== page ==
Sam Stainer with his mother, Sandra, in Christchurch
Hospital after having emergency surgery last week to remove
a large tumour from his brain. Photo supplied.
Children across the world are beginning to drive their
parents a little crazy by constantly asking what they are
getting for Christmas this year.
But Sam Stainer's parents are quietly pleased at his
persistent questioning because it shows he is a little
curious and excited about Christmas - it is a good sign.
The 7-year-old had major surgery last Friday to remove an
orange-sized tumour from his cerebellum - a region of the
brain at the base of the skull which is important for its
role in motor control.
It took surgeons at Christchurch Hospital seven hours to
Fortunately, cerebellar damage does not cause paralysis, but
it can produce disorders in fine movement, equilibrium,
posture, and motor learning.
So for now, all Sam and his family can do is wait, his
mother, Sandra, said.
''He's awake, but he's very confused. One eye won't open.
''He's dizzy and vomiting at the moment, but that's not
expected to last, long term.
''If I could take the pain away for him, I would.''
Miss Stainer said the only consolation was that Sam kept
asking what he was getting for Christmas, which showed he was
aware of his surroundings and looking forward to the day.
She said the past two years had been very difficult for the
Sam had suffered severe migraines, dizziness, double vision,
his eyes squinted, and he vomited a lot - all of which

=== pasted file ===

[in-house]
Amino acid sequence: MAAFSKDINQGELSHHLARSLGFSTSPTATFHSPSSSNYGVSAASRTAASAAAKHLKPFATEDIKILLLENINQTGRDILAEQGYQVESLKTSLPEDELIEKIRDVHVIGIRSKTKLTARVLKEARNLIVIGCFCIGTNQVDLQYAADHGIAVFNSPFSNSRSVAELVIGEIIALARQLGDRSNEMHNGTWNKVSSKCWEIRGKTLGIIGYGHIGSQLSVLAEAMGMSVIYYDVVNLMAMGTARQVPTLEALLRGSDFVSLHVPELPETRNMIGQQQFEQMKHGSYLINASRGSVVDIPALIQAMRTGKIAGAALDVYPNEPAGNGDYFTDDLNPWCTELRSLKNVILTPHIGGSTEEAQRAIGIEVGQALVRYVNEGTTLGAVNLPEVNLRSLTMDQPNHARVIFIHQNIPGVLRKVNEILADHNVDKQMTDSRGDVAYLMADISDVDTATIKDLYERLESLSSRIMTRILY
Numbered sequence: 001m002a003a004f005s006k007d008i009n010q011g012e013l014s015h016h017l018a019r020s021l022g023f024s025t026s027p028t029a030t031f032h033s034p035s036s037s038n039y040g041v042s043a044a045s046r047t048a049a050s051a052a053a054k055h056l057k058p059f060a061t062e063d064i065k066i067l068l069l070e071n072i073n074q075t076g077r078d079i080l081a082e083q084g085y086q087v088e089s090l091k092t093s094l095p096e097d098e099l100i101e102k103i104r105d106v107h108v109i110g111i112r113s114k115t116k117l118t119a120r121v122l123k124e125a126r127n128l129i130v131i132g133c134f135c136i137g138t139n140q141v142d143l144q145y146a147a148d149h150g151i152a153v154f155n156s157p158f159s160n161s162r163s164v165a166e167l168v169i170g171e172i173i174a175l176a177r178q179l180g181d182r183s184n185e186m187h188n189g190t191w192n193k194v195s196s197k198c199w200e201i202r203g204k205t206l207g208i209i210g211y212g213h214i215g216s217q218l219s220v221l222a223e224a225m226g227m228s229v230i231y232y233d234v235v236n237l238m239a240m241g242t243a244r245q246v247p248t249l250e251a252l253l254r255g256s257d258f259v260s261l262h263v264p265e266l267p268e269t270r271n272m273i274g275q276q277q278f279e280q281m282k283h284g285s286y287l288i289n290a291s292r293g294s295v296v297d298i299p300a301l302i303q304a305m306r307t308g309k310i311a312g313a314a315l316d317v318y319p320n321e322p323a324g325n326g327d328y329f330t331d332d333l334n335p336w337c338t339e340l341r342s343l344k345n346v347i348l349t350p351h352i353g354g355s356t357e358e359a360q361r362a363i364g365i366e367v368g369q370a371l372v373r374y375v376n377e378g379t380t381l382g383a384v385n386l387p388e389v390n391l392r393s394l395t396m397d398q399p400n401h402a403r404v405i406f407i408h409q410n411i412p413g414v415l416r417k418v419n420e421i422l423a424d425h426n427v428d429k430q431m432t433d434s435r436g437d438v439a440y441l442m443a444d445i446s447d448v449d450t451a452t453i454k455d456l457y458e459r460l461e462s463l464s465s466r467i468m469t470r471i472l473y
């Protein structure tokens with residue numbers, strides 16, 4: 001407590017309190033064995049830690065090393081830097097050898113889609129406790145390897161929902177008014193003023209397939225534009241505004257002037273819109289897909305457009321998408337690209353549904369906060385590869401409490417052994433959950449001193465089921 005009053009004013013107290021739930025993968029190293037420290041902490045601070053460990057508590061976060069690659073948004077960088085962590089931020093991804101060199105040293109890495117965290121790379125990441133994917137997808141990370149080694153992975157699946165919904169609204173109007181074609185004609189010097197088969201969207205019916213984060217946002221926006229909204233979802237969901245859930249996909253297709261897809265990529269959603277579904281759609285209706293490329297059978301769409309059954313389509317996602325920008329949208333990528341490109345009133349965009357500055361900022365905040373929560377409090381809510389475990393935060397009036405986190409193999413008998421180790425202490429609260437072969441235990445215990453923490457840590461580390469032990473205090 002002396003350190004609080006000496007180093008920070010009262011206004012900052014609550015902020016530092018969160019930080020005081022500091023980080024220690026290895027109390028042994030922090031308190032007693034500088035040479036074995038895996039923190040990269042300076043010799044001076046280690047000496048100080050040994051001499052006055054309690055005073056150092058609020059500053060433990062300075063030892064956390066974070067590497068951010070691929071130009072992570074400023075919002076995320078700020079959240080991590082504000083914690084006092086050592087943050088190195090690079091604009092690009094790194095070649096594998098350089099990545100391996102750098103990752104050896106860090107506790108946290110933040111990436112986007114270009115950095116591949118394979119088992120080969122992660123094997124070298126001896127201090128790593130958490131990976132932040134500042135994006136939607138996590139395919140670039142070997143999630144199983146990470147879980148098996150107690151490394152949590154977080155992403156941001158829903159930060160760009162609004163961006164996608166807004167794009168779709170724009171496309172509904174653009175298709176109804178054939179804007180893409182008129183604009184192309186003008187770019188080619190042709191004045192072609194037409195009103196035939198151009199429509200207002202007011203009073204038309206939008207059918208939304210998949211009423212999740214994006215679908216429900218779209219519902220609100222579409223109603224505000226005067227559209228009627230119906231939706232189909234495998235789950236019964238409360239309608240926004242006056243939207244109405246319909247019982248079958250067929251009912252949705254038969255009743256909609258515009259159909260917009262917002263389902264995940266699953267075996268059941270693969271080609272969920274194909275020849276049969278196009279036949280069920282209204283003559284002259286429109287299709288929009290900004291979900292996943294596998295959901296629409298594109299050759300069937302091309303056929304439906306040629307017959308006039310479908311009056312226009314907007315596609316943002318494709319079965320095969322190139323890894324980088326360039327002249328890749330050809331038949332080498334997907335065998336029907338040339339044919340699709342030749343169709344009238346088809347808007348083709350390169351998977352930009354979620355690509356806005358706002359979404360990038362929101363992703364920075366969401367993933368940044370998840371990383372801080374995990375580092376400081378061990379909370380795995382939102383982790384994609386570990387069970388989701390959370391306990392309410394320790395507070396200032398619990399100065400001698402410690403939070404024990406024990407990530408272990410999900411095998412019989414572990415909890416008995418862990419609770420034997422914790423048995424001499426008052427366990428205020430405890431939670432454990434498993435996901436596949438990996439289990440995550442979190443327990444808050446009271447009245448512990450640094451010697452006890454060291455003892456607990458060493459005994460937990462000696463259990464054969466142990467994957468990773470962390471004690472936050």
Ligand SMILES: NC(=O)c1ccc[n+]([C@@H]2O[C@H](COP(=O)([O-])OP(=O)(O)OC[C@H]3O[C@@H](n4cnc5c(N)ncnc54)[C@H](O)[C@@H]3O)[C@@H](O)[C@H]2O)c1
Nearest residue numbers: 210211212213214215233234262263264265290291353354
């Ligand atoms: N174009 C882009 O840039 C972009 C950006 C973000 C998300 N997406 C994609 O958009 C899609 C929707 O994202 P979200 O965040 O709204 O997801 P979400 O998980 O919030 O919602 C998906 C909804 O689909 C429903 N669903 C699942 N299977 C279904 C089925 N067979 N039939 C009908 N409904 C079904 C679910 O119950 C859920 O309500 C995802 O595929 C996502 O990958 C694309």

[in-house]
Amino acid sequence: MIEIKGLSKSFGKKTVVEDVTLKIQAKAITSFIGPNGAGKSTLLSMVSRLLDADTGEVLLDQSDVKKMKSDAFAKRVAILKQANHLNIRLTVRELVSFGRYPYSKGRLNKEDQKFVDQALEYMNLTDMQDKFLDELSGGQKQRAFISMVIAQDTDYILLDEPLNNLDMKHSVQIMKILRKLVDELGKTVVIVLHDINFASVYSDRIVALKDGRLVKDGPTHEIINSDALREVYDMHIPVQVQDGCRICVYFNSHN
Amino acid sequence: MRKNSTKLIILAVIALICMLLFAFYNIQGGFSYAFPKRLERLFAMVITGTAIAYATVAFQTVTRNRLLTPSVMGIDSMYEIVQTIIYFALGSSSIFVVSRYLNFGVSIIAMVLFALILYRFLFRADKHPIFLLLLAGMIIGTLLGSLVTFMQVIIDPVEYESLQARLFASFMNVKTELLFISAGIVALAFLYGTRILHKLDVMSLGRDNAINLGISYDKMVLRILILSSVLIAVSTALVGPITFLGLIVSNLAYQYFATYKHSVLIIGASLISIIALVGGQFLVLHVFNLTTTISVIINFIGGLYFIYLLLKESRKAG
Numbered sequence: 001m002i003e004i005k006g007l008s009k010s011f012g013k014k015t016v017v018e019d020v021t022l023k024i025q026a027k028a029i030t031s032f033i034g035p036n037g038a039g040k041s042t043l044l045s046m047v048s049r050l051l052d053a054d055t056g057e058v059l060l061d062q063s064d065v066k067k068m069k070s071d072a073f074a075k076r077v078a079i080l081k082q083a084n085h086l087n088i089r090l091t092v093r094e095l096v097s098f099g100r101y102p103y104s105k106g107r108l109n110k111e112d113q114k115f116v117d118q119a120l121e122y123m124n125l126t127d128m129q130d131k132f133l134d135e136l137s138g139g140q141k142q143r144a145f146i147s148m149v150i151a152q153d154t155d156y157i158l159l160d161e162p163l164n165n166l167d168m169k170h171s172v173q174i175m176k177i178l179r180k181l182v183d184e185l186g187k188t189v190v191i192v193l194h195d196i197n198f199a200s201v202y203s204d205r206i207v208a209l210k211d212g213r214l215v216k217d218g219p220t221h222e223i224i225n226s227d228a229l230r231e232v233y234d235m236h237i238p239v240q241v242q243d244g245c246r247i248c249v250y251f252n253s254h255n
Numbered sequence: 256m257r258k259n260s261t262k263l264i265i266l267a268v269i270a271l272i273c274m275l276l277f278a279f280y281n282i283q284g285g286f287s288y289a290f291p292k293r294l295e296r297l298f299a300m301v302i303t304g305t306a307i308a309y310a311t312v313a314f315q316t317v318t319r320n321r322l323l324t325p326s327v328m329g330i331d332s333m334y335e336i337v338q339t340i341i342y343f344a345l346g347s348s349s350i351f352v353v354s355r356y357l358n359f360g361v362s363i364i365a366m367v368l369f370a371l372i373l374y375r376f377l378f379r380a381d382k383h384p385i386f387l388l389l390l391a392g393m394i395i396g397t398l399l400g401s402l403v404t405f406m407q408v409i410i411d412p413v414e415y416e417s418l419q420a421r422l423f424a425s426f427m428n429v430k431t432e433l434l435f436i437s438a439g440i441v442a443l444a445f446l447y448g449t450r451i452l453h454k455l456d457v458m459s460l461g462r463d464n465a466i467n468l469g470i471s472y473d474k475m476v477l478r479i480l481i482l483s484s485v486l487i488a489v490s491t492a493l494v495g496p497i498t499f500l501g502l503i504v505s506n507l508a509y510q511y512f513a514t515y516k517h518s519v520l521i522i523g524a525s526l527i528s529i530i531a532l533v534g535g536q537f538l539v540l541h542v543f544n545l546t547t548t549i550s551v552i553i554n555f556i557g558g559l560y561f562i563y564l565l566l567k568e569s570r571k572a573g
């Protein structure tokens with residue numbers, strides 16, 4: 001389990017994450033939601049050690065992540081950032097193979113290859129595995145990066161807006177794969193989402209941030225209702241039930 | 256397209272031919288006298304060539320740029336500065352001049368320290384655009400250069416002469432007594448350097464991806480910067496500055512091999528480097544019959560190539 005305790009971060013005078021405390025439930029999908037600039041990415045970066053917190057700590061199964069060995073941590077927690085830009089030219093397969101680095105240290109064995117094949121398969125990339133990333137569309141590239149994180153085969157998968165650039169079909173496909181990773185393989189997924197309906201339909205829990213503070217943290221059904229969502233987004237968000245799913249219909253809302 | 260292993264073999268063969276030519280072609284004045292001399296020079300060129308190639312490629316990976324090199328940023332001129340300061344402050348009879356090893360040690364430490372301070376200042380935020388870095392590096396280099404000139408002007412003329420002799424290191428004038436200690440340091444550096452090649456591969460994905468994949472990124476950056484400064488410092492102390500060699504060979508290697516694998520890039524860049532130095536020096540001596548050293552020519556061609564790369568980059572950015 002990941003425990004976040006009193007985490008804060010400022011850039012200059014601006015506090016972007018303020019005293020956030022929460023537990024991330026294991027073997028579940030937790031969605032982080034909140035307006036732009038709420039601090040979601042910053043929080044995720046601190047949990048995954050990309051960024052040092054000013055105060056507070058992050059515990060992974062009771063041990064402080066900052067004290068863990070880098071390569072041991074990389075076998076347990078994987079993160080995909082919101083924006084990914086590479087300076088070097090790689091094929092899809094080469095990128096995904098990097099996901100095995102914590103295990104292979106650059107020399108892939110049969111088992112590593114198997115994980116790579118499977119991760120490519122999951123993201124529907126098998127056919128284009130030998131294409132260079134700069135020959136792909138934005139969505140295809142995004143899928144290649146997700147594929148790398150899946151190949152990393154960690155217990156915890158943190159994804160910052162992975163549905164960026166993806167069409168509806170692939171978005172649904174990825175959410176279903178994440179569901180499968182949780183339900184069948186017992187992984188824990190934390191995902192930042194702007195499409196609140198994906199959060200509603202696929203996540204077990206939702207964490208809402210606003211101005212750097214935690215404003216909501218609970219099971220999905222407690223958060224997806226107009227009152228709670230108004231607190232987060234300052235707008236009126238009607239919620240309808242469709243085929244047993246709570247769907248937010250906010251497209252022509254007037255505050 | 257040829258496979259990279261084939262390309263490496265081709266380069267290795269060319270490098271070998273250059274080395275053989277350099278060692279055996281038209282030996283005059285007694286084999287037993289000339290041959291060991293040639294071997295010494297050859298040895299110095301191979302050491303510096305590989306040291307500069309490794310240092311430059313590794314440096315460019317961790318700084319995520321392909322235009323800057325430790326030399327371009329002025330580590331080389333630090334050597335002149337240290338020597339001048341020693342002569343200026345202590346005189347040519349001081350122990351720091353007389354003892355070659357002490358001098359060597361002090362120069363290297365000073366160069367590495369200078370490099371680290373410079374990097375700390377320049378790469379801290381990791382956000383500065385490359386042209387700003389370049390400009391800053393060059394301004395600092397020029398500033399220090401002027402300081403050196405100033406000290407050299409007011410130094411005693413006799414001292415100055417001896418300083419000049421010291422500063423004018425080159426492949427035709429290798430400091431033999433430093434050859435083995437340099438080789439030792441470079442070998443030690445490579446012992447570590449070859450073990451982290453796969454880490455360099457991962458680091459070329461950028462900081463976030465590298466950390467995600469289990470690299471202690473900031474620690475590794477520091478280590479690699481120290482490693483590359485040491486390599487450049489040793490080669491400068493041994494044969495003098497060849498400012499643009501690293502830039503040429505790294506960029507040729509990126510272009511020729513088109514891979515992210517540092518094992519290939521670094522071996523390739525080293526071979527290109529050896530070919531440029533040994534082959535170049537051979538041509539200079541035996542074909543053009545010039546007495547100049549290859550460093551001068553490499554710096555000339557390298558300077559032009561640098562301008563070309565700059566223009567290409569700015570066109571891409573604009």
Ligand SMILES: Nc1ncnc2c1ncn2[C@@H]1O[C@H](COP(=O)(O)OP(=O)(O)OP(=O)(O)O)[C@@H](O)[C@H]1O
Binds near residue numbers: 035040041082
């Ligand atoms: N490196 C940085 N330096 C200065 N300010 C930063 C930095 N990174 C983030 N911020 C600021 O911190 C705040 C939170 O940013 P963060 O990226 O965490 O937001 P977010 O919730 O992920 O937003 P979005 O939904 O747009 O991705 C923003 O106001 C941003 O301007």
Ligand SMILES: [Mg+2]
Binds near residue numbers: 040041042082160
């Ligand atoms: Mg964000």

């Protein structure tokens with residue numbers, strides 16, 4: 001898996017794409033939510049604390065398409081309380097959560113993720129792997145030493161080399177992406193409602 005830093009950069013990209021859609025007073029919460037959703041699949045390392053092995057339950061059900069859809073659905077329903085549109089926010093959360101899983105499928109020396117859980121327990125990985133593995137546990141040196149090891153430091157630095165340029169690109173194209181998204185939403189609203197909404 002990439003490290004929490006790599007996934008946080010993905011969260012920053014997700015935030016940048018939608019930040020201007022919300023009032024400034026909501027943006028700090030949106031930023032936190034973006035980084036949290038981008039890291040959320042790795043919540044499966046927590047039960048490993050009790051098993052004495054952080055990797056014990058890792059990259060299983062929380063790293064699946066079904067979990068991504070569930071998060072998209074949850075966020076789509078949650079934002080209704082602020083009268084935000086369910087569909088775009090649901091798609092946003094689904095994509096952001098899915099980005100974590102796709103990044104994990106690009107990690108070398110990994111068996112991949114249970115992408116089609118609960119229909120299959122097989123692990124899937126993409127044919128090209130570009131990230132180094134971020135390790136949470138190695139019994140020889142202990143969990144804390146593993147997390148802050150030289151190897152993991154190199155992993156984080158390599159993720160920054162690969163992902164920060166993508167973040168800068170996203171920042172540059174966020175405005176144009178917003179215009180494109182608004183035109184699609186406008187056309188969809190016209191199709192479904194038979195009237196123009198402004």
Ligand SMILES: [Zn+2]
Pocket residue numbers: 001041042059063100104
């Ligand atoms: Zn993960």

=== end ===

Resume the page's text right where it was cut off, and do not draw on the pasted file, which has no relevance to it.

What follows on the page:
eventually led to the diagnosis of a brain tumour.
On top of that, Sam's 15-month-old brother, Jayden, has had
problems with ear infections and recently had to have
grommets put in.
''It's a parent's worst nightmare. We've had a pretty rough
''One minute I'm OK, the next I'm just a mess. We're just
taking it one tiny step at a time.''
St Clair School principal Richard Newton said the diagnosis
last week came as quite a shock to the school as well.
He said everyone at school was aware of the pressure the turn
of events had placed on Sam's family, and the disruption it
had created in relation to family living expenses and work
The school held a fundraising appeal on Monday in which
families made donations to support Sam and his family.
A sausage sizzle fundraiser will also be held in the Octagon
on Friday from 5pm onwards.
While Sam's long-term prognosis was not fully known yet, Miss
Stainer hoped biopsies of the tumour would come back benign
so he could be transferred to Dunedin Hospital before
Christmas for ongoing treatment.
Having the results return benign would be the greatest
Christmas present ever, she said.